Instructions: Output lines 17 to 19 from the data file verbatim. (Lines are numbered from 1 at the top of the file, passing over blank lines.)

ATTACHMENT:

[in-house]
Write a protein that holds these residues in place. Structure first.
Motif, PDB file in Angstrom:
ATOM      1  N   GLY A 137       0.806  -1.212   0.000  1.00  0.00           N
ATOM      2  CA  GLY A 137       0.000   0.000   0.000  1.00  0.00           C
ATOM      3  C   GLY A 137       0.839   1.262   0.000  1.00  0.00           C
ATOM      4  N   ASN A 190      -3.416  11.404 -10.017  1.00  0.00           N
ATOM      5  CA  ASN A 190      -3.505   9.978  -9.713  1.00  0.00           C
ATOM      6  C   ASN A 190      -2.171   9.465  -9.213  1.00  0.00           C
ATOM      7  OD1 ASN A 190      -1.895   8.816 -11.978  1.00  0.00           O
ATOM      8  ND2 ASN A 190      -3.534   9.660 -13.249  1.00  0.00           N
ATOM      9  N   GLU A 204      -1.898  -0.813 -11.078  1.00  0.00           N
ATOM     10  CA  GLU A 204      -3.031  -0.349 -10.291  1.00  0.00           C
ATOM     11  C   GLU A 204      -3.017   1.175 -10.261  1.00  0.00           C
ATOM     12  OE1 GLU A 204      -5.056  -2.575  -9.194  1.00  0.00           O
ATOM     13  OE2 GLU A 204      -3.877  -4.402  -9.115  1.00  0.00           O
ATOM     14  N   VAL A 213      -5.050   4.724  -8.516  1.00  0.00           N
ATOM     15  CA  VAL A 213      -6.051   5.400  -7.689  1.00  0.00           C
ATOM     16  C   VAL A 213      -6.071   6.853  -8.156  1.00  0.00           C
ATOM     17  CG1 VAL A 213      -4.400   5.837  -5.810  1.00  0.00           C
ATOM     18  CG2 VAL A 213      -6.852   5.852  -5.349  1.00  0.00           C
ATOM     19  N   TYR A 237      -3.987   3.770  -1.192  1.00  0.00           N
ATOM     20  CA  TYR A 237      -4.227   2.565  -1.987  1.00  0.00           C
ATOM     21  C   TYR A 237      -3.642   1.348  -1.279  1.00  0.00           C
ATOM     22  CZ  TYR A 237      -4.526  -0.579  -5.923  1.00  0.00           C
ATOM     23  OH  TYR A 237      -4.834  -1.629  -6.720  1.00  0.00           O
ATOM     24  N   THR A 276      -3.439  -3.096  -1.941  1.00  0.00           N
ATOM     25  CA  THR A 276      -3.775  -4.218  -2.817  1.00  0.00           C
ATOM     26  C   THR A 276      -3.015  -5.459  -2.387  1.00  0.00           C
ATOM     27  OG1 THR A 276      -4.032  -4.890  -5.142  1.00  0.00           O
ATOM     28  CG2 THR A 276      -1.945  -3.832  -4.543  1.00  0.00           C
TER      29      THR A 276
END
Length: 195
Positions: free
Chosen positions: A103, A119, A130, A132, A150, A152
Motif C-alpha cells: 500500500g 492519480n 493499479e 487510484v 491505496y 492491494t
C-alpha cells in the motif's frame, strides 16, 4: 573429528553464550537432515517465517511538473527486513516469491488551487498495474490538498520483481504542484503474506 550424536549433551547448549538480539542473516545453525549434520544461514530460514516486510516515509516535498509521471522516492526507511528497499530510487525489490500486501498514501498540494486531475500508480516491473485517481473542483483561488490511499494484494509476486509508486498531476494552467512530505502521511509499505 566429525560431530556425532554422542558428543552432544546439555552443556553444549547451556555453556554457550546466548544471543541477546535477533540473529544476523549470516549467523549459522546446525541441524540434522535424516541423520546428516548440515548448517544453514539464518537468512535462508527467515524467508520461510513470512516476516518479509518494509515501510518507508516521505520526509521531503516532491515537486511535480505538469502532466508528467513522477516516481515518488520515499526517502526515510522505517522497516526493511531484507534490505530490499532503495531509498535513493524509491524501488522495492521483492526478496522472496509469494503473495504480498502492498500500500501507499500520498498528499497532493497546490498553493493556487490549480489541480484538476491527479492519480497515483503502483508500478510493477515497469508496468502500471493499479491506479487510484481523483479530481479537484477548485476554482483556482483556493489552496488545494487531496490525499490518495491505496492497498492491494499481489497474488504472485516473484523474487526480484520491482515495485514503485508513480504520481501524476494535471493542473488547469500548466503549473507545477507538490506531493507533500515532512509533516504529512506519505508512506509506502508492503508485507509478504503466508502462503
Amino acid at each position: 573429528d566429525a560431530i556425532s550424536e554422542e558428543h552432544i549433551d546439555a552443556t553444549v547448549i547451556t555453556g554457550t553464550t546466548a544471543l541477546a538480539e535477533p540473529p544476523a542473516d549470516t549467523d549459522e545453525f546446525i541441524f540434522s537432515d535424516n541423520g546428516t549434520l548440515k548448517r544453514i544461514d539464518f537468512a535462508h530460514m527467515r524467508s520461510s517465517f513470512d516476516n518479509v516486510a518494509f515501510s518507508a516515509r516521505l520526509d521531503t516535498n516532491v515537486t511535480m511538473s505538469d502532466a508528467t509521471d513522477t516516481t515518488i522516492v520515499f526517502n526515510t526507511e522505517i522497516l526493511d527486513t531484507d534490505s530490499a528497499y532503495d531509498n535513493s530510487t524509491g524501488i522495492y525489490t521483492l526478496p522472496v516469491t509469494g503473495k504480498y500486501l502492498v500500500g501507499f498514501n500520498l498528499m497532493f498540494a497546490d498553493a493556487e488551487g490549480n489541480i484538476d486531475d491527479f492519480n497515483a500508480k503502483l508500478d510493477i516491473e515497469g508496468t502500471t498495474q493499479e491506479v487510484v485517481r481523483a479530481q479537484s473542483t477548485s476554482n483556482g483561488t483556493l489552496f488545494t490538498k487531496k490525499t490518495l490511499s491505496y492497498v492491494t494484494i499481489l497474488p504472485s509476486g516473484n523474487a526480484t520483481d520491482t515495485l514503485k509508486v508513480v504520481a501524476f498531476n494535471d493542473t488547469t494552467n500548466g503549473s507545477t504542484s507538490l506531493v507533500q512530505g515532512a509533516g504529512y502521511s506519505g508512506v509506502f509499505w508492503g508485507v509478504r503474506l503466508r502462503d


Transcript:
ATOM     14  N   VAL A 213      -5.050   4.724  -8.516  1.00  0.00           N
ATOM     15  CA  VAL A 213      -6.051   5.400  -7.689  1.00  0.00           C
ATOM     16  C   VAL A 213      -6.071   6.853  -8.156  1.00  0.00           C